SourceTree is a Git client created by Altassian. They describe their product as, "(P)erfect for newcomers." Where "(c)reate, clone, commit, push, pull, merge, and more are all just a click away."
Download from http://www.sourcetreeapp.com
Below is a brief overview of SourceTree, its various controls and layout. This material is found within SourceTree itself by selecting Help from the file menu.
The View Button This button allows you to switch between the 3 main views of the repository: File Status, Log, and Search.
Opens the Commit dialog so you can commit your changes. In Git, if you're using staging, the default is to open the dialog with the commit of staged changes selected.
Allows you to switch your local working copy to a different point in history.
Use this to undo changes in your working copy.
Moves any uncommitted changes you have in your working copy to a storage area, and returns your working copy to a clean state.
Adds any selected untracked files to source control - the next commit will start to track these files.
Stops tracking selected files and removes them from the working copy. The next commit will remove these files from being tracked in source control.
A shortcut to stop tracking all files which are missing from the working folder, and to add any untracked files to source control.
Download new commits from your remotes, but don't bring them in to your own branch yet.
Download new commits from your remotes and bring them in to your current branch, either by merging or rebasing.
Upload new commits to a remote. This icon will have a number superimposed on it if you have commits which you haven't pushed yet.
Create a new branch (also includes a tab for removing branches)
Merge changes into your current branch.
Create and manage tags.
Create a patch file either from your current uncommitted changes, or from one or more commits that you've already made.
Apply a patch file either to your working copy or directly to the commit log.
Open a Terminal at the selected location.
Access per-repository settings such as remotes.
The sidebar is found on the left-hand side of the SourceTree application.
Selecting the "Working Copy" item behaves the same way as if you click on the File Status button on the View control on the toolbar.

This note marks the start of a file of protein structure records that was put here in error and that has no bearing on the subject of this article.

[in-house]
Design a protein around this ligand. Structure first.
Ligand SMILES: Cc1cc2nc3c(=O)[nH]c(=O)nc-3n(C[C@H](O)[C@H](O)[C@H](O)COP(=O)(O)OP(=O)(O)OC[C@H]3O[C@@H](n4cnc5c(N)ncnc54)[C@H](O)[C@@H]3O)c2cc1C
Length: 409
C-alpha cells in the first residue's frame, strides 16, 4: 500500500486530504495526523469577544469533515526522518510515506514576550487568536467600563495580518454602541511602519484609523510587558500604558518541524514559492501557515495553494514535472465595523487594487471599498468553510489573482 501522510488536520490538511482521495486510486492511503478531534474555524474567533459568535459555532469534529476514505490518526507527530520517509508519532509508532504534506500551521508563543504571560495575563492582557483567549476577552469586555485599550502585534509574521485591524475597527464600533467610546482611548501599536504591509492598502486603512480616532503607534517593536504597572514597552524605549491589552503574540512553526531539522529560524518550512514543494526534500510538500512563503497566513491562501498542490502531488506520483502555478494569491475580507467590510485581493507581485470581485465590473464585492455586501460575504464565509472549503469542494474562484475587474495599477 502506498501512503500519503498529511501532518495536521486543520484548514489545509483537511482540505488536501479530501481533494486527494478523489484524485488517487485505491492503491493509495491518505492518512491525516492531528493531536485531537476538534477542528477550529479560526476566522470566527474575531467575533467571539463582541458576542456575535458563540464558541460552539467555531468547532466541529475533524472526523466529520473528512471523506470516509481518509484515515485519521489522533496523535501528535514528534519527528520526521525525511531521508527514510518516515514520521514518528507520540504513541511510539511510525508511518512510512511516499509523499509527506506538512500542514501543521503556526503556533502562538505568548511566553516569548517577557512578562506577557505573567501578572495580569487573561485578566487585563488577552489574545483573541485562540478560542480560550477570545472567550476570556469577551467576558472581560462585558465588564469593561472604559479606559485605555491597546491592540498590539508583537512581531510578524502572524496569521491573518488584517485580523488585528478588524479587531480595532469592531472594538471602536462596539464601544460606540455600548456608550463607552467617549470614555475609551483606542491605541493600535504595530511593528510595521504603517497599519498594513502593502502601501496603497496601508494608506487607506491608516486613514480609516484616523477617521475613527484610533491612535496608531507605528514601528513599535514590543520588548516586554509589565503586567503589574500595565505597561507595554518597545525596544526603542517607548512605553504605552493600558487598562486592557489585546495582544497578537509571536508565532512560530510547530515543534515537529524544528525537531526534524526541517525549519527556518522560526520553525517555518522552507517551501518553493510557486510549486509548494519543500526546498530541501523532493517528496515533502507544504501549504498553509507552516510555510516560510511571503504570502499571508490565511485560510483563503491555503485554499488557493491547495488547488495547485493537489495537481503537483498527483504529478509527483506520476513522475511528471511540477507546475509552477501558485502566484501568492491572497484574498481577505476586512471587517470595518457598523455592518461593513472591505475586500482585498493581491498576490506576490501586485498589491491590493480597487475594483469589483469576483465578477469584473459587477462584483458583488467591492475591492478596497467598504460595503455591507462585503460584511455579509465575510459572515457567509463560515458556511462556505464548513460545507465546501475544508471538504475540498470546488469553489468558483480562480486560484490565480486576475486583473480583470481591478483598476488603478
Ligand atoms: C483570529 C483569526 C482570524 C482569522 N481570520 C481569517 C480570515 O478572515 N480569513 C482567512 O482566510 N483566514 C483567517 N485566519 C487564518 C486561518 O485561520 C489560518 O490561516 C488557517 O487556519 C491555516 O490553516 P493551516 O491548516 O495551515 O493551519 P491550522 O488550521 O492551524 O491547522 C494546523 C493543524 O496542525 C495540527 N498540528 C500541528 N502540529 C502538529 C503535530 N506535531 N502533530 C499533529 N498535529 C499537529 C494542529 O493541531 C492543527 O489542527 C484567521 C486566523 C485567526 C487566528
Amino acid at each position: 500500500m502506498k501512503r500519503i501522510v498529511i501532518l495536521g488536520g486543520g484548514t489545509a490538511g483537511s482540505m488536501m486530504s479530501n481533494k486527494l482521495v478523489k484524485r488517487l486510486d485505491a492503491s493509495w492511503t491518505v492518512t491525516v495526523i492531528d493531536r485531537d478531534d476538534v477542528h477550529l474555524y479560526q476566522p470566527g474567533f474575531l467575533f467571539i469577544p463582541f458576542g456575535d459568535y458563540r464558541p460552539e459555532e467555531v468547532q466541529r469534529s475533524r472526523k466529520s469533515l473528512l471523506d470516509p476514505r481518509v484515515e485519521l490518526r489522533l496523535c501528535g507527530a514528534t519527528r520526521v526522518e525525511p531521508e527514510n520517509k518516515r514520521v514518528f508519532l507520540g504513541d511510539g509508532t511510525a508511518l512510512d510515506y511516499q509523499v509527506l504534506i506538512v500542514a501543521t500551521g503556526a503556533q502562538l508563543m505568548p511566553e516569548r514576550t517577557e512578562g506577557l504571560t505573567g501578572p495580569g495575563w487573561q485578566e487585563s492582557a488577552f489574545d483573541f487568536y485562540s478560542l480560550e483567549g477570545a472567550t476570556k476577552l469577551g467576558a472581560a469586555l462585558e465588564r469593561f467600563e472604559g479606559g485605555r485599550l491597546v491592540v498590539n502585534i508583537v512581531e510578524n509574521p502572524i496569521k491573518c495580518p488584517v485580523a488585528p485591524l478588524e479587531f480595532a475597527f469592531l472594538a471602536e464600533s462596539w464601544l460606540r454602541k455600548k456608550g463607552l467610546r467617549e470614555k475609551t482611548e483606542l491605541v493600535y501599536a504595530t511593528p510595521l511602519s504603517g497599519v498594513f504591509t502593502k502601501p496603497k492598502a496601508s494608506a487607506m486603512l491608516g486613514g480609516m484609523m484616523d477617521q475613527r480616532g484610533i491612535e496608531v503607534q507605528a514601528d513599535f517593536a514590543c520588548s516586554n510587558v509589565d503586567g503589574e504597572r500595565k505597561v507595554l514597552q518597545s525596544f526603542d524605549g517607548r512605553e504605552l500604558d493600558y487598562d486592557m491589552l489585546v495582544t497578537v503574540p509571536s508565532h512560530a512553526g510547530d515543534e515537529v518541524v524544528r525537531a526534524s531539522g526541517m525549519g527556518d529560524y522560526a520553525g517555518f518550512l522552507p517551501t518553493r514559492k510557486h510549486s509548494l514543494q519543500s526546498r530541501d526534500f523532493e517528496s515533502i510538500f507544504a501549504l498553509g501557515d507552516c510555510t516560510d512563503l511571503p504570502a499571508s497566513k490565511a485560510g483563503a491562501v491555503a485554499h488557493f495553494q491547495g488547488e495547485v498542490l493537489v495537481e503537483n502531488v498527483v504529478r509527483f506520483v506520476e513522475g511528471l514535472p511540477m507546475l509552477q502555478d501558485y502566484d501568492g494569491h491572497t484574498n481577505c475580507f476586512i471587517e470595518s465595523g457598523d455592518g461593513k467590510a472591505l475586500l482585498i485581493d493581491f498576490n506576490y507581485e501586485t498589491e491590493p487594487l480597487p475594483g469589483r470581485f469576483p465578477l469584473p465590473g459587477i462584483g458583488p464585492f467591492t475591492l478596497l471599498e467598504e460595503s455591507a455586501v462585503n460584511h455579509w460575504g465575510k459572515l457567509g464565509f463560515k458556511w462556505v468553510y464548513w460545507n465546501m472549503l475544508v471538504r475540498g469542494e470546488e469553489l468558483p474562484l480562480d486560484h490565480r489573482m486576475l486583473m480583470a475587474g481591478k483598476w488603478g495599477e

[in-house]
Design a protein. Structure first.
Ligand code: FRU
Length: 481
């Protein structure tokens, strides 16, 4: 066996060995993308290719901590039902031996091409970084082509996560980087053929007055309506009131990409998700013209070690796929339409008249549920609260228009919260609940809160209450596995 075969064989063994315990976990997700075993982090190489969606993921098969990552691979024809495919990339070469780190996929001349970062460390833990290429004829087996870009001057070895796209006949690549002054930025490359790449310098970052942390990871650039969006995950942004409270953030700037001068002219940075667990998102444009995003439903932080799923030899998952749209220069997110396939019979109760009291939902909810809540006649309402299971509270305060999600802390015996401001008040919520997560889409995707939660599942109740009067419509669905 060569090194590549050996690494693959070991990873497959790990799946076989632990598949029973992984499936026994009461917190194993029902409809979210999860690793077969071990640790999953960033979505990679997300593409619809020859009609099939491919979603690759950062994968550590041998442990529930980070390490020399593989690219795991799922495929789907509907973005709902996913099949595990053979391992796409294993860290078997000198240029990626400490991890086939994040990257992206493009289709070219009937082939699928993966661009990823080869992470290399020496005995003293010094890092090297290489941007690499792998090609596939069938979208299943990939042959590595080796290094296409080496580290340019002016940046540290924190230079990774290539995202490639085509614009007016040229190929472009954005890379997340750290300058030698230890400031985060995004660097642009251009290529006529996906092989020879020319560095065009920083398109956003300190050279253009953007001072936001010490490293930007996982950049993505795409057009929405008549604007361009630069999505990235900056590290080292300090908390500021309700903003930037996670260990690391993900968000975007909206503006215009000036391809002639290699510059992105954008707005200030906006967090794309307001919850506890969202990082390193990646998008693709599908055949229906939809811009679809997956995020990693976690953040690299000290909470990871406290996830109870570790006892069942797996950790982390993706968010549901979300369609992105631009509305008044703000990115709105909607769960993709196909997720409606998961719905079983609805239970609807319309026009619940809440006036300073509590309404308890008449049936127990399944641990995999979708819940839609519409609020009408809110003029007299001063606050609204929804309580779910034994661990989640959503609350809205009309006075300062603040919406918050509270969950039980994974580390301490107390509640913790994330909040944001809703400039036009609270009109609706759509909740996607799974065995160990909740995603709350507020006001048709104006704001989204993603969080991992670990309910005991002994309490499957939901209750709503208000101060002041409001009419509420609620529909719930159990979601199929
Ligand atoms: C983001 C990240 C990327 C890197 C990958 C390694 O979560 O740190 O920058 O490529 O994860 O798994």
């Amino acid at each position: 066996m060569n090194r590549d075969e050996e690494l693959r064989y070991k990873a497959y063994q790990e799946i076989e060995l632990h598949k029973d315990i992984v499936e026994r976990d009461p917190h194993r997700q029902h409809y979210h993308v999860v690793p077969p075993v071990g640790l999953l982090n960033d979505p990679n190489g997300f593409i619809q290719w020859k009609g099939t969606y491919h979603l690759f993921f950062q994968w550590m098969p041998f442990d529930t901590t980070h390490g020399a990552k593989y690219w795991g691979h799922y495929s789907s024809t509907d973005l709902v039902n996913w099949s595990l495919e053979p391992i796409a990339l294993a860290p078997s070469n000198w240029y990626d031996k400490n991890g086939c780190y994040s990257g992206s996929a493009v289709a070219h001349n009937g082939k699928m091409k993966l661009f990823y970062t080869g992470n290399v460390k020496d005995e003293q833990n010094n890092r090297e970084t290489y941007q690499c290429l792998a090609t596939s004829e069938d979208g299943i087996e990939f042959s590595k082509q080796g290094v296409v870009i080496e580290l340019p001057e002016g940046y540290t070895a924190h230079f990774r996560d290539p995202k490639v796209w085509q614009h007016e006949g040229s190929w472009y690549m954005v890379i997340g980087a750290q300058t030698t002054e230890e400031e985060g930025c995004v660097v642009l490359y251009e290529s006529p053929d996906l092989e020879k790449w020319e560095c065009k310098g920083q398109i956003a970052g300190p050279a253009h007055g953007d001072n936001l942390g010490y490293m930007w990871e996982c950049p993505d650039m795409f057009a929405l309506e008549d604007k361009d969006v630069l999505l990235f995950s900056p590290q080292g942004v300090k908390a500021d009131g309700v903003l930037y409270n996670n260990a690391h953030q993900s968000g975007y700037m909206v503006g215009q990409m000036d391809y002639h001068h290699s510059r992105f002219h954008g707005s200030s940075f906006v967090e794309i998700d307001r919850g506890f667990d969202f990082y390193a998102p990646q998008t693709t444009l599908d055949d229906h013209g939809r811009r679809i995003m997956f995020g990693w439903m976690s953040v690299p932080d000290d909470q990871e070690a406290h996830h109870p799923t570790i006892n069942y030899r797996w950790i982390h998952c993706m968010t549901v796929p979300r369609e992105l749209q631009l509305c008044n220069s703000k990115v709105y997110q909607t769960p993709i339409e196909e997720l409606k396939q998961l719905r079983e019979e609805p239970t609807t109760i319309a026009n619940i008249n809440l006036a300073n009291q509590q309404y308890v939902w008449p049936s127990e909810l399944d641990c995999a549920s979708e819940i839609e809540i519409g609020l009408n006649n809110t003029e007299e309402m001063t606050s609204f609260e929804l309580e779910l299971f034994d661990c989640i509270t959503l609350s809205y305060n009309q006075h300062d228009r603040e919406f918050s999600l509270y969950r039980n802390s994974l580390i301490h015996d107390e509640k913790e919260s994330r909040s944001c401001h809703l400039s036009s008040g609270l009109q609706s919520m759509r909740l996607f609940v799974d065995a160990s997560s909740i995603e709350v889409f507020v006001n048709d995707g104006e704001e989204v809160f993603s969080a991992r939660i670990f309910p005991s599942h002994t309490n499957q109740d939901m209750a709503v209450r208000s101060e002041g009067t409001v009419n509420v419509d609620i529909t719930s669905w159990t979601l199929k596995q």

This displays all your local branches. You can also right-click on the branch to get a number of context-sensitive options such as updating to/checking out the branch, merging it into your current branch, diffing that branch against your current branch. Double-clicking a branch will switch your current branch (after a confirmation dialog).
Your current branch is indicated with bold text and a 'tick badge' on the branch icon. The number of commits that your branch is ahead or behind the remote branch that it's tracking is displayed alongside the name, with an up arrow for ahead, and a down arrow for behind.
Note: if you create a branch with a name which includes a '/' character, SourceTree will display the branch as nested within a folder.
This section is not expanded by default but if you expand it you'll see one entry for each tag. Selecting one will jump to that tag in the Log view, and there are options available in the context menu such as updating to the tag, deleting the tag or diffing your current working copy against it.
The Remotes section This is where you find a list of remotes configured for this repository. You can pull from or push to a specific remote from the context menu on each item.
On Git, you will also find a list of remote branches, and you can perform actions on these via the right-click context menu or double-clicking to checkout.
A new item is created in this section, each one representing a set of changes that have been stored away for future use. You can click on these items to see a diff view of the changes they represent, and right-click an item to either apply it back to your working copy, or to delete it if you don't want it anymore.
If your project has nested repositories within it, called submodules. They will appear here. See the submodules section for more details.
Found at the bottom of SourceTree window is the footer.
You'll see here the name of the current branch, followed by either a 'Clean' marker if there are no local changes, or a summary of the number of files outstanding in each state if there are local changes. You will also see information here relating to any outstanding merges and conflicts.
On the left-side of the SourceTree window, after the sidebar, is the File Status list.
This area shows files in your working copy which have been modified in some way, although you can use the checkboxes at the bottom to filter the statuses that are displayed. Selecting one of these files will display those changes in the differences pane.
Colorful green/pink view on the right side of the SourceTree application. This is a color-coded view with green describing additions, pink describing deletions and white describing no changes.
The following video provides an introduction to Git using SourceTree:
FAQ from SourceTree - http://www.sourcetreeapp.com/faq/
Support for SourceTree - http://www.sourcetreeapp.com/support/
BitBucket? It is important to note that there are competitors to GitHub. Altassian is one of those competitors. In addition to this Mac app, they also make a web interface called BitBucket, which is Altassian's answer to GitHub.